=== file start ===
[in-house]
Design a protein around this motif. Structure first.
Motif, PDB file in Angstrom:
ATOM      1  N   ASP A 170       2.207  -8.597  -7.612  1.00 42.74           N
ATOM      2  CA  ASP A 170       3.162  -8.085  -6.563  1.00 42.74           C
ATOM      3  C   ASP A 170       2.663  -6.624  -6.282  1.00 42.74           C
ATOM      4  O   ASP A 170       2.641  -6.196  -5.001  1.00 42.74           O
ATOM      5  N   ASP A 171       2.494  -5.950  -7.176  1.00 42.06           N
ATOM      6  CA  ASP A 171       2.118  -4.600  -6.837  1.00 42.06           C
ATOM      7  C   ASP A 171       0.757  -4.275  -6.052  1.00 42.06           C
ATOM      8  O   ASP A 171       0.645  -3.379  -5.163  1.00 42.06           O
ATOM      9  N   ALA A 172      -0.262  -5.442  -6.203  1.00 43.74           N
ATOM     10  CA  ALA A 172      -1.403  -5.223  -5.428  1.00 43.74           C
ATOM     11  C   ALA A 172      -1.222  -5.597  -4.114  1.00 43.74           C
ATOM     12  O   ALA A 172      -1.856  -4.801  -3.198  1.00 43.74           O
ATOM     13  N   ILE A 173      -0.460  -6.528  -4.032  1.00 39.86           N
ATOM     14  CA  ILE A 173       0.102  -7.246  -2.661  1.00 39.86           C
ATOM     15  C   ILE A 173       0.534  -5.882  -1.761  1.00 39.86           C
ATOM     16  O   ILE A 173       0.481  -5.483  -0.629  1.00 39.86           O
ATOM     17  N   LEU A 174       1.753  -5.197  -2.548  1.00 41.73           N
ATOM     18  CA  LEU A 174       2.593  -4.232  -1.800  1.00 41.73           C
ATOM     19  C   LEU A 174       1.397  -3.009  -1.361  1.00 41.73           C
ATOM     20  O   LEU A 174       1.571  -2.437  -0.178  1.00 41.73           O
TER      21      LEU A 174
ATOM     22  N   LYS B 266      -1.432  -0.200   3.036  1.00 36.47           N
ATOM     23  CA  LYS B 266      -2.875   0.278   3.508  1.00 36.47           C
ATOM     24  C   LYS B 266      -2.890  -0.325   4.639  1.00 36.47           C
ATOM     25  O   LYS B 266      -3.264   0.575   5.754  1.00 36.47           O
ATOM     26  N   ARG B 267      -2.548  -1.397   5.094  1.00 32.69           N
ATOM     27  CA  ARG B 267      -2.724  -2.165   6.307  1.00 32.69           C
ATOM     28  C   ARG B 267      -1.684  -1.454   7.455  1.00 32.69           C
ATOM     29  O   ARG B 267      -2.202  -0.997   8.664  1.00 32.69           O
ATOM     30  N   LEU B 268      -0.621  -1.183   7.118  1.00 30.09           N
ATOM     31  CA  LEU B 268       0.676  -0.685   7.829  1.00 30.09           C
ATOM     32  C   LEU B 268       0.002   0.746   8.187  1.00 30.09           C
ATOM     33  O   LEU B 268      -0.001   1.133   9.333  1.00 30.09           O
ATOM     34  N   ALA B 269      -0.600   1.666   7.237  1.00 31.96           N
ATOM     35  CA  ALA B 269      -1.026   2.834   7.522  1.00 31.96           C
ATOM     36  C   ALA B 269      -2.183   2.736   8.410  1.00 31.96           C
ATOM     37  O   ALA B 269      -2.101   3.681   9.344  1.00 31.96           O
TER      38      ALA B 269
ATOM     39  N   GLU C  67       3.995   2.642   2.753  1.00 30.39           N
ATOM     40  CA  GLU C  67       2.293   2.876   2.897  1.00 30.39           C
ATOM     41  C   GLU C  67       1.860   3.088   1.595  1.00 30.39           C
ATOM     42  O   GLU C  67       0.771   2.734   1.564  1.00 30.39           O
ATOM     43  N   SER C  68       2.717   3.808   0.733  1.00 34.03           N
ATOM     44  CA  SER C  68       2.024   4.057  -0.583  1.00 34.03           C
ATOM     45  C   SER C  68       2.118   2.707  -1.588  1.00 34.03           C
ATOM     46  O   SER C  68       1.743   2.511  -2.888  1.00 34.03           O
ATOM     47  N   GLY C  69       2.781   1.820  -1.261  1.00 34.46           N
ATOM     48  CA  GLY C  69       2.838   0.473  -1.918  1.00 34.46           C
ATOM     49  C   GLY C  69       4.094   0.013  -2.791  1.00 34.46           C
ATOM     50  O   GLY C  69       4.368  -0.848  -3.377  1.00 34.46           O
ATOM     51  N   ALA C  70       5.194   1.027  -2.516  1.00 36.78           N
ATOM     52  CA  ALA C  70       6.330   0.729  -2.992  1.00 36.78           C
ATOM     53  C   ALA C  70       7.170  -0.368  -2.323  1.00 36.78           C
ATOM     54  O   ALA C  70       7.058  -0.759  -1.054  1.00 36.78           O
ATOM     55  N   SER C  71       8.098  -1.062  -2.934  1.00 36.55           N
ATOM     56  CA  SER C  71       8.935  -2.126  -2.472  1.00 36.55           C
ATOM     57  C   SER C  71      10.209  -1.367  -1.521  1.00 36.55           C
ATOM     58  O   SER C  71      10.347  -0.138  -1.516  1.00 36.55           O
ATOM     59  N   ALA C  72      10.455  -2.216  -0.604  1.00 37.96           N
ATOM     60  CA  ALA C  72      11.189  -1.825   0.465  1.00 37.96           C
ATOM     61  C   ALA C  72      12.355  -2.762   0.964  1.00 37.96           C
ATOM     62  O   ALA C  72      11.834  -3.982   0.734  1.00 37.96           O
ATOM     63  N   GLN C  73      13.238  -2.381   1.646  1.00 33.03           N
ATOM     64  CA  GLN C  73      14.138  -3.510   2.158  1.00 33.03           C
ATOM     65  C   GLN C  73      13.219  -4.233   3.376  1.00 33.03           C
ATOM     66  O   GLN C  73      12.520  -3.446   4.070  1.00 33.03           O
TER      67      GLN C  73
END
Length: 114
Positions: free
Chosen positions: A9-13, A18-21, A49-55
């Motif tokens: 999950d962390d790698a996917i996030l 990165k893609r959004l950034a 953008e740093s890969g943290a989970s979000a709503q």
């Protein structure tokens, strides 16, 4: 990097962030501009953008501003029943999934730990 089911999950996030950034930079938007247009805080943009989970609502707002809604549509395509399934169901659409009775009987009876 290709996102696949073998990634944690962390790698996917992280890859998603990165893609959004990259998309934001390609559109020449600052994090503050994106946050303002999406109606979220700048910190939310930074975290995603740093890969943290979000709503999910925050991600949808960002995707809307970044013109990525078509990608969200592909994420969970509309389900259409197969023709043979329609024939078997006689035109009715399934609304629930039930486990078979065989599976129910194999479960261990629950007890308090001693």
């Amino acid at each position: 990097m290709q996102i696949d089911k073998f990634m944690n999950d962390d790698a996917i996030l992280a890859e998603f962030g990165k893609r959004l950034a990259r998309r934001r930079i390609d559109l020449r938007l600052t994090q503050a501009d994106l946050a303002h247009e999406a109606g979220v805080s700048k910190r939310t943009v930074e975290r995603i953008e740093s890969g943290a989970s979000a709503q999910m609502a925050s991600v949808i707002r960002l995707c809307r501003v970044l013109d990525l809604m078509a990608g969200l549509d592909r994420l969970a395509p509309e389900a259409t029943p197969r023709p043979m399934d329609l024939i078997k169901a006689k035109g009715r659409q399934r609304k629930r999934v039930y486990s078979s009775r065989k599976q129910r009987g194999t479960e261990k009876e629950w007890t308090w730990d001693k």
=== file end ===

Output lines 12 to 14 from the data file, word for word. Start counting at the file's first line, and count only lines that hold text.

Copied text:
ATOM      9  N   ALA A 172      -0.262  -5.442  -6.203  1.00 43.74           N
ATOM     10  CA  ALA A 172      -1.403  -5.223  -5.428  1.00 43.74           C
ATOM     11  C   ALA A 172      -1.222  -5.597  -4.114  1.00 43.74           C